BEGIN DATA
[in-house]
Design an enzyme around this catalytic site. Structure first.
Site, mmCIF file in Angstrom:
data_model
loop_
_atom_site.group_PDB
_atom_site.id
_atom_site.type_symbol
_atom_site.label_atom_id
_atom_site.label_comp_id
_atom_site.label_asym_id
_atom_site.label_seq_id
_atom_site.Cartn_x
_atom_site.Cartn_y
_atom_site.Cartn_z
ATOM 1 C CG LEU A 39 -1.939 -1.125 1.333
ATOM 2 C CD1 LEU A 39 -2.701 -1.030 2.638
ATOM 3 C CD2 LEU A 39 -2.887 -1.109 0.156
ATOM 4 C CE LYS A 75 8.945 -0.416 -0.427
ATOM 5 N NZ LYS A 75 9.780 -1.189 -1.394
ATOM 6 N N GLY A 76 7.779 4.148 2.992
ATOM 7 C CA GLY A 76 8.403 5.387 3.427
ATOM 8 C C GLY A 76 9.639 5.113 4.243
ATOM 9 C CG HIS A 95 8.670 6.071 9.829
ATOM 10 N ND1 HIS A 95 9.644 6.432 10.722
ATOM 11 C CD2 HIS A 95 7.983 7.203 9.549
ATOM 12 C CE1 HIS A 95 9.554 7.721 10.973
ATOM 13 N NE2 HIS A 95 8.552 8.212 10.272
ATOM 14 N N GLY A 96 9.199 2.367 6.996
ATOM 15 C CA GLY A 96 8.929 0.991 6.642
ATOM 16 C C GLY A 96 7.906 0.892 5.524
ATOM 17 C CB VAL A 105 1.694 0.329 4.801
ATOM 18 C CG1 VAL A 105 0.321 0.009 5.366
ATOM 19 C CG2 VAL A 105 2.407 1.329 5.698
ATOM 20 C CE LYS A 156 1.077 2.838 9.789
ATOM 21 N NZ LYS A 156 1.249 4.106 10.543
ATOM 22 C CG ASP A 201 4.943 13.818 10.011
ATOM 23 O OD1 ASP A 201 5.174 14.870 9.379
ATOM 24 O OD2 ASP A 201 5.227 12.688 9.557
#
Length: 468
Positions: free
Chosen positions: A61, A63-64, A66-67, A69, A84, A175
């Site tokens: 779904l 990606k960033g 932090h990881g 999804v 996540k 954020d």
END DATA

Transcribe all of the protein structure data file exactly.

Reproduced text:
[in-house]
Design an enzyme around this catalytic site. Structure first.
Site, mmCIF file in Angstrom:
data_model
loop_
_atom_site.group_PDB
_atom_site.id
_atom_site.type_symbol
_atom_site.label_atom_id
_atom_site.label_comp_id
_atom_site.label_asym_id
_atom_site.label_seq_id
_atom_site.Cartn_x
_atom_site.Cartn_y
_atom_site.Cartn_z
ATOM 1 C CG LEU A 39 -1.939 -1.125 1.333
ATOM 2 C CD1 LEU A 39 -2.701 -1.030 2.638
ATOM 3 C CD2 LEU A 39 -2.887 -1.109 0.156
ATOM 4 C CE LYS A 75 8.945 -0.416 -0.427
ATOM 5 N NZ LYS A 75 9.780 -1.189 -1.394
ATOM 6 N N GLY A 76 7.779 4.148 2.992
ATOM 7 C CA GLY A 76 8.403 5.387 3.427
ATOM 8 C C GLY A 76 9.639 5.113 4.243
ATOM 9 C CG HIS A 95 8.670 6.071 9.829
ATOM 10 N ND1 HIS A 95 9.644 6.432 10.722
ATOM 11 C CD2 HIS A 95 7.983 7.203 9.549
ATOM 12 C CE1 HIS A 95 9.554 7.721 10.973
ATOM 13 N NE2 HIS A 95 8.552 8.212 10.272
ATOM 14 N N GLY A 96 9.199 2.367 6.996
ATOM 15 C CA GLY A 96 8.929 0.991 6.642
ATOM 16 C C GLY A 96 7.906 0.892 5.524
ATOM 17 C CB VAL A 105 1.694 0.329 4.801
ATOM 18 C CG1 VAL A 105 0.321 0.009 5.366
ATOM 19 C CG2 VAL A 105 2.407 1.329 5.698
ATOM 20 C CE LYS A 156 1.077 2.838 9.789
ATOM 21 N NZ LYS A 156 1.249 4.106 10.543
ATOM 22 C CG ASP A 201 4.943 13.818 10.011
ATOM 23 O OD1 ASP A 201 5.174 14.870 9.379
ATOM 24 O OD2 ASP A 201 5.227 12.688 9.557
#
Length: 468
Positions: free
Chosen positions: A61, A63-64, A66-67, A69, A84, A175
């Site tokens: 779904l 990606k960033g 932090h990881g 999804v 996540k 954020d």